Measuring brain maturation in individual children
Most scientific research focuses on making inferences about groups; we are interested in understanding individuals.
Over the past decade non-invasive techniques to measure the living human brain have dramatically improved to the point where it is now possible to monitor changes in the developing brain and relate these changes to environmental influences. Based on these technical achievements, the biological foundation of cognitive development can now be scientifically studied. Properties of cellular organization including the density of tissue macromolecules, the concentration of myelin, and even the caliber of axons within the white matter can be accurately estimated using recently developed quantitative magnetic resonance imaging (qMRI) techniques. For the first time, we can begin to develop models of the biological processes that underlie the development of uniquely human skills such as learning to speak a language or rapidly recognize written text. We can extend fundamental principals of brain development, such as critical, or sensitive periods, to the maturational time course of developing infants. Additionally, we can begin to use brain measurements to predict learning difficulties in individual infants with the possibility of harnessing this new information to develop intervention programs that to target the mechanisms underlying individual variation in language learning. Our goal is to develop innovative techniques for measuring brain maturation in individual children and applying these measurements to understand the neurobiological basis of cognitive development.
How does the brain learn to read?
Learning to read depends on the brain’s capacity for plasticity. Over years of training and practice, the brain constructs circuits to rapidly and accurately translate an arbitrary system of symbols into a meaningful language representation. We are running a number of studies that are focused on understanding the structural and functional changes that underlie learning to read.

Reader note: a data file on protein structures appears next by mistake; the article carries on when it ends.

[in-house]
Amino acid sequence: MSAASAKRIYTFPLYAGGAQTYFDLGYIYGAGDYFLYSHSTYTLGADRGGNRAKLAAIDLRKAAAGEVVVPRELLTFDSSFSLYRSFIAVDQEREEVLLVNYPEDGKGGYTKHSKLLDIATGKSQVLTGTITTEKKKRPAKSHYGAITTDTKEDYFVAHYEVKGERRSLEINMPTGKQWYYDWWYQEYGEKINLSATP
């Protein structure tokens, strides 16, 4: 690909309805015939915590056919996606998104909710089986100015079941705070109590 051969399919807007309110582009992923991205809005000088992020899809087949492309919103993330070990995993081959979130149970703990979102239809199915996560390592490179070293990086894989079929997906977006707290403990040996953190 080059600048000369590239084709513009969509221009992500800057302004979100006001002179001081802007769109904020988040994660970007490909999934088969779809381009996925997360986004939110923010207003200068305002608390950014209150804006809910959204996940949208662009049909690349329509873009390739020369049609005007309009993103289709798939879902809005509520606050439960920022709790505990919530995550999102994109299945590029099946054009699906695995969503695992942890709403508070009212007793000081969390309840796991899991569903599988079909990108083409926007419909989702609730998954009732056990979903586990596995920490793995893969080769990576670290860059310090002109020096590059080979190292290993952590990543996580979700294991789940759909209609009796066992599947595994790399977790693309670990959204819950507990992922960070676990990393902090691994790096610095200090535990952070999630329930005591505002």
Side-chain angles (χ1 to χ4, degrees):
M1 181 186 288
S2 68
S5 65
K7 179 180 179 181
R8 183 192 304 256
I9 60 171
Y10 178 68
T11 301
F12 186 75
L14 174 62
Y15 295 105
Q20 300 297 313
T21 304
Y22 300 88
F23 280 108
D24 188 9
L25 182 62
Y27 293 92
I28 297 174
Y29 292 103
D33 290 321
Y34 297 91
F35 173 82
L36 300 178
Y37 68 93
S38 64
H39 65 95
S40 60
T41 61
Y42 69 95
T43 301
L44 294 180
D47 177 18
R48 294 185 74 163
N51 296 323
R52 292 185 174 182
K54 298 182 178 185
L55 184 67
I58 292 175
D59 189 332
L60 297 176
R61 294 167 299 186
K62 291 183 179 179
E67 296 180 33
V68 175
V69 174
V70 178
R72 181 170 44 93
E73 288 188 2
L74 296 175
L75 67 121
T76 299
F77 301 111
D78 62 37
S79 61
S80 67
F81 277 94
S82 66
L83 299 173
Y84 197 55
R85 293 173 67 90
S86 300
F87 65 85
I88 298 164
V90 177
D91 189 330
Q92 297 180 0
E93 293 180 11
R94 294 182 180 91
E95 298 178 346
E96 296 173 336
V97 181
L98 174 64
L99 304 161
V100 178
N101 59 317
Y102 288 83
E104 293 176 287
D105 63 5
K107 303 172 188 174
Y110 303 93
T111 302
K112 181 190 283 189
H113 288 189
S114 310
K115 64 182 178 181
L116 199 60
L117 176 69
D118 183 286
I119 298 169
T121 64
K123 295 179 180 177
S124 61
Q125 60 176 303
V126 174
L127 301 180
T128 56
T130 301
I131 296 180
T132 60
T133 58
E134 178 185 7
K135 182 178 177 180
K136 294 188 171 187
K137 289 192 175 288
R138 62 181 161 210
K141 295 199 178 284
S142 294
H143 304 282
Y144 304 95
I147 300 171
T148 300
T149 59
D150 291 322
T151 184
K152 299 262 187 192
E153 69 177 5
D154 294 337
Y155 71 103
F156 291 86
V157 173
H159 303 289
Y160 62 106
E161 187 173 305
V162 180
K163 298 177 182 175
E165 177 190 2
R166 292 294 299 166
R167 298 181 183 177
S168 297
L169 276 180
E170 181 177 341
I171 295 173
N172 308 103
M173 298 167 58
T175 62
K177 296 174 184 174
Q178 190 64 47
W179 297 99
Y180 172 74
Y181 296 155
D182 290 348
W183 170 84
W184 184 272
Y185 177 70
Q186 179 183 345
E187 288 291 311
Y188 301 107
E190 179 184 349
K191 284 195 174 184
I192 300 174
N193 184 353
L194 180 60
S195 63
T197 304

Some children effortlessly learn how to read while others struggle. We would like to understand the mechanisms underlying this variability.The long-term goal of this work is to develop education and intervention programs that are tailored to a child’s unique pattern of brain maturation.
How does brain circuit structure relate to cortical computation?
There are a wealth of tools for quantitatively measuring both the structure and function of the living human brain. By combining these measurement modalities we can develop models that predict functional responses based on a knowledge of the structure of a brain circuit within an individual’s brain.
A computational model of word recognition in the brain
Within ventral occipitotemporal cortex there are regions that selectively respond to different visual categories such as words and faces. A region, termed the visual word form area (VWFA), is believed to be essential for the recognition of printed words. The VWFA is highly connected with visual, auditory and language processing regions; responses within this region are driven both by properties of the visual stimulus and properties of the cognitive task. In collaboration with Kendrick Kay’s lab at the University of Minnesota, we are interested in developing a computational model that predicts the responses within the VWFA as a function of feedforward, stimulus-driven computations and cognitive, task-related processing.